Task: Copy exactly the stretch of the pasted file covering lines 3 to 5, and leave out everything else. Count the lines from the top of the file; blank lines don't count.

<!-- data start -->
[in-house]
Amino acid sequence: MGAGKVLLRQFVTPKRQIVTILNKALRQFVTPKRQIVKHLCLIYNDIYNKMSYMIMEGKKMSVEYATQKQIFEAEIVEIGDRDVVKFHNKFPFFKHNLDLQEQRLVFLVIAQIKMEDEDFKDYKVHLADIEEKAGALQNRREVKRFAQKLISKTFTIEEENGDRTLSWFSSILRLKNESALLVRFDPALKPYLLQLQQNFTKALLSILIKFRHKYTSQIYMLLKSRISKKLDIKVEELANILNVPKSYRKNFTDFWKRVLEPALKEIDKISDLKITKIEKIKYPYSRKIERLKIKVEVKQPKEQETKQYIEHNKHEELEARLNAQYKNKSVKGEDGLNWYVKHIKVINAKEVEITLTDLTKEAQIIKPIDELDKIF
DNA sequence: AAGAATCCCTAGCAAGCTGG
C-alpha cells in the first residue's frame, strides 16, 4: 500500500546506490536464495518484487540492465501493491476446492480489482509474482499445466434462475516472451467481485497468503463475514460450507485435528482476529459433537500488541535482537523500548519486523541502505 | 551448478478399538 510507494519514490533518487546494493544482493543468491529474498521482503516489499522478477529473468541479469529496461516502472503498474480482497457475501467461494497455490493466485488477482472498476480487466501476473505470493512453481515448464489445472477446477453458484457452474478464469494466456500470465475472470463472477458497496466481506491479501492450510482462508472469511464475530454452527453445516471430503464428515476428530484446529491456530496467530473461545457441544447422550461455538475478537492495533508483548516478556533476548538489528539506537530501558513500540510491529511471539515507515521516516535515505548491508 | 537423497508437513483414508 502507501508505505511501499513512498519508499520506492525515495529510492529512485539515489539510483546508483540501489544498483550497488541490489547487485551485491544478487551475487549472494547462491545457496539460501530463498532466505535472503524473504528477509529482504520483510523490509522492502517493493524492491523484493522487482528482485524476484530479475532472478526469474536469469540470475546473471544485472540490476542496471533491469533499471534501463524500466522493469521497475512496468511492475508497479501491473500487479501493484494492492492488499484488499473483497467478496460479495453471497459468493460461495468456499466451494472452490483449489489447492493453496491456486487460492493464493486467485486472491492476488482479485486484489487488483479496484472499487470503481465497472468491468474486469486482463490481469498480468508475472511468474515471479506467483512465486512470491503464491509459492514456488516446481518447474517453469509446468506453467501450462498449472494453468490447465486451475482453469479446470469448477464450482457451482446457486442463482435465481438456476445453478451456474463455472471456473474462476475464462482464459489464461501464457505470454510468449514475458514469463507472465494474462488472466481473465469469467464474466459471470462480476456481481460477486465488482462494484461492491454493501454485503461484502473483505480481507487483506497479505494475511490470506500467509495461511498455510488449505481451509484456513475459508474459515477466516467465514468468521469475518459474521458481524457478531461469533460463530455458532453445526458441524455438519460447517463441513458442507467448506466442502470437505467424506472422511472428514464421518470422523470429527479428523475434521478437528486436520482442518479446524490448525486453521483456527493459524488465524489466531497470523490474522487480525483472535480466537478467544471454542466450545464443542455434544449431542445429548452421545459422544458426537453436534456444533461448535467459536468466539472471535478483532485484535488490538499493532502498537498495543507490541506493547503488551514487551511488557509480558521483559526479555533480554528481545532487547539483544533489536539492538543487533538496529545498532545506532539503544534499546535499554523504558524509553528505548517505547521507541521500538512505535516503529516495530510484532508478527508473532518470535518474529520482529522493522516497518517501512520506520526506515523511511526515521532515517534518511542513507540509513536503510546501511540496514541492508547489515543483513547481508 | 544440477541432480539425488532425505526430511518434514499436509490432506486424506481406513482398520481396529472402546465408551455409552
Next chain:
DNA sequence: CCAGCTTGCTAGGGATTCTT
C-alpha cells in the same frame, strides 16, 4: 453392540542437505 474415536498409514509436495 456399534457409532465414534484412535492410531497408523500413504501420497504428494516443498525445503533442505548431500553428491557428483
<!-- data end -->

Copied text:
DNA sequence: AAGAATCCCTAGCAAGCTGG
C-alpha cells in the first residue's frame, strides 16, 4: 500500500546506490536464495518484487540492465501493491476446492480489482509474482499445466434462475516472451467481485497468503463475514460450507485435528482476529459433537500488541535482537523500548519486523541502505 | 551448478478399538 510507494519514490533518487546494493544482493543468491529474498521482503516489499522478477529473468541479469529496461516502472503498474480482497457475501467461494497455490493466485488477482472498476480487466501476473505470493512453481515448464489445472477446477453458484457452474478464469494466456500470465475472470463472477458497496466481506491479501492450510482462508472469511464475530454452527453445516471430503464428515476428530484446529491456530496467530473461545457441544447422550461455538475478537492495533508483548516478556533476548538489528539506537530501558513500540510491529511471539515507515521516516535515505548491508 | 537423497508437513483414508 502507501508505505511501499513512498519508499520506492525515495529510492529512485539515489539510483546508483540501489544498483550497488541490489547487485551485491544478487551475487549472494547462491545457496539460501530463498532466505535472503524473504528477509529482504520483510523490509522492502517493493524492491523484493522487482528482485524476484530479475532472478526469474536469469540470475546473471544485472540490476542496471533491469533499471534501463524500466522493469521497475512496468511492475508497479501491473500487479501493484494492492492488499484488499473483497467478496460479495453471497459468493460461495468456499466451494472452490483449489489447492493453496491456486487460492493464493486467485486472491492476488482479485486484489487488483479496484472499487470503481465497472468491468474486469486482463490481469498480468508475472511468474515471479506467483512465486512470491503464491509459492514456488516446481518447474517453469509446468506453467501450462498449472494453468490447465486451475482453469479446470469448477464450482457451482446457486442463482435465481438456476445453478451456474463455472471456473474462476475464462482464459489464461501464457505470454510468449514475458514469463507472465494474462488472466481473465469469467464474466459471470462480476456481481460477486465488482462494484461492491454493501454485503461484502473483505480481507487483506497479505494475511490470506500467509495461511498455510488449505481451509484456513475459508474459515477466516467465514468468521469475518459474521458481524457478531461469533460463530455458532453445526458441524455438519460447517463441513458442507467448506466442502470437505467424506472422511472428514464421518470422523470429527479428523475434521478437528486436520482442518479446524490448525486453521483456527493459524488465524489466531497470523490474522487480525483472535480466537478467544471454542466450545464443542455434544449431542445429548452421545459422544458426537453436534456444533461448535467459536468466539472471535478483532485484535488490538499493532502498537498495543507490541506493547503488551514487551511488557509480558521483559526479555533480554528481545532487547539483544533489536539492538543487533538496529545498532545506532539503544534499546535499554523504558524509553528505548517505547521507541521500538512505535516503529516495530510484532508478527508473532518470535518474529520482529522493522516497518517501512520506520526506515523511511526515521532515517534518511542513507540509513536503510546501511540496514541492508547489515543483513547481508 | 544440477541432480539425488532425505526430511518434514499436509490432506486424506481406513482398520481396529472402546465408551455409552
Next chain: